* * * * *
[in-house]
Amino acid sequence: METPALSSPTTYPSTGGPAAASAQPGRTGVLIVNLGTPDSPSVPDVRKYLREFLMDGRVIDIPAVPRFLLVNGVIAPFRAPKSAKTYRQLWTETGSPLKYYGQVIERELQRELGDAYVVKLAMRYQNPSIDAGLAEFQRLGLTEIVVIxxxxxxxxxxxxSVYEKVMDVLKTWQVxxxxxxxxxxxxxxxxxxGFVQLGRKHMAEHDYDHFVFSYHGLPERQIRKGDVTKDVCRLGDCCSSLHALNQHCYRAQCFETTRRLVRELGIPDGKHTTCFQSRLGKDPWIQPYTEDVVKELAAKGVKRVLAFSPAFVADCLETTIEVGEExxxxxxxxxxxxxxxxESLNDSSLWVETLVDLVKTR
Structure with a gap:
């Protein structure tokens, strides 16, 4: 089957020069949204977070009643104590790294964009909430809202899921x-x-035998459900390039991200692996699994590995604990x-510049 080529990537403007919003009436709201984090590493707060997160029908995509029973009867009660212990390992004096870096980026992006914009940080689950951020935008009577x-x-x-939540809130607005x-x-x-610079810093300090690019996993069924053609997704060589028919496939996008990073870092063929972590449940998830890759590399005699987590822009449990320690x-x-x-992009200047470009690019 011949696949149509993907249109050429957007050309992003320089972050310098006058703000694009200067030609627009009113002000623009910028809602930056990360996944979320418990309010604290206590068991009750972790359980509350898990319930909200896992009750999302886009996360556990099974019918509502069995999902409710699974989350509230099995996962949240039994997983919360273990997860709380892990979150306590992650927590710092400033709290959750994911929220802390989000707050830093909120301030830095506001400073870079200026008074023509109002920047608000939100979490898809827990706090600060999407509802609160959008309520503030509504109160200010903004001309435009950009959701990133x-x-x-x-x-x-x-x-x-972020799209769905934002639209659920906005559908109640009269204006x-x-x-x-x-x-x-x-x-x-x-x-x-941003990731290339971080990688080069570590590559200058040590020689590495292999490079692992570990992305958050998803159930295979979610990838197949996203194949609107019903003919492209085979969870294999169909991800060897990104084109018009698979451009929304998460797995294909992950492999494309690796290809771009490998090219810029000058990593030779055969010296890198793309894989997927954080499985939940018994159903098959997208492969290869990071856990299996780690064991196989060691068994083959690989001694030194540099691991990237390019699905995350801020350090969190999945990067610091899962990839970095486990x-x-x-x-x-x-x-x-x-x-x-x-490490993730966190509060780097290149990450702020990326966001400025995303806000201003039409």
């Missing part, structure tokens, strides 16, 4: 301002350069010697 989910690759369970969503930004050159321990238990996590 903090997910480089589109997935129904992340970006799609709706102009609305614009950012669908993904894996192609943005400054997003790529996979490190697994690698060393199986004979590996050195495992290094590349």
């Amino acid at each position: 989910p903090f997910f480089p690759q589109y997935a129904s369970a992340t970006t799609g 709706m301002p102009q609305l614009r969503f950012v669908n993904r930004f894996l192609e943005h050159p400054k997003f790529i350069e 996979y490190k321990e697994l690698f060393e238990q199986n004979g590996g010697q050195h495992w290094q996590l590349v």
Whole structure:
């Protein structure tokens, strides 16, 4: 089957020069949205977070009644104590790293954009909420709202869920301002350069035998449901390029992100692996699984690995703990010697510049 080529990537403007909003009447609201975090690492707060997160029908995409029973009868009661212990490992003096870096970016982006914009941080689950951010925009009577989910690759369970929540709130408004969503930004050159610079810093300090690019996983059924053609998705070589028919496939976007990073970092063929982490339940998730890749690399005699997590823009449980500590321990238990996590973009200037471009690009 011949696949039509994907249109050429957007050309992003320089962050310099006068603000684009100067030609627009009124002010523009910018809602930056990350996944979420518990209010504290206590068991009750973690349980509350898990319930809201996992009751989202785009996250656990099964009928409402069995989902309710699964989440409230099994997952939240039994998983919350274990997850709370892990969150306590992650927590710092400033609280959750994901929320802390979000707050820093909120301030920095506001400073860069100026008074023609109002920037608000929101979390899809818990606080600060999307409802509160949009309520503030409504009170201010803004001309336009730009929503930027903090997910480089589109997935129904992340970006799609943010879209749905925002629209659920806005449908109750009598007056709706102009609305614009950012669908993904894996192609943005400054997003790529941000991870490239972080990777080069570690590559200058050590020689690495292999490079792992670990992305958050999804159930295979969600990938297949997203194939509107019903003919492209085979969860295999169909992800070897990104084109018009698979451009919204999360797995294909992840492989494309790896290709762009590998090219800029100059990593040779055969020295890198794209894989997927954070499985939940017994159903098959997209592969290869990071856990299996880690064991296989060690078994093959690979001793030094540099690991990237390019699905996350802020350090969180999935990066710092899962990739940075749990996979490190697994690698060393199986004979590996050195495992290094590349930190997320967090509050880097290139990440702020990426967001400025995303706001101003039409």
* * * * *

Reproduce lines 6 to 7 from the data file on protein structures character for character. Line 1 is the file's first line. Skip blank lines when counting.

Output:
């Amino acid at each position: 989910p903090f997910f480089p690759q589109y997935a129904s369970a992340t970006t799609g 709706m301002p102009q609305l614009r969503f950012v669908n993904r930004f894996l192609e943005h050159p400054k997003f790529i350069e 996979y490190k321990e697994l690698f060393e238990q199986n004979g590996g010697q050195h495992w290094q996590l590349v």
Whole structure: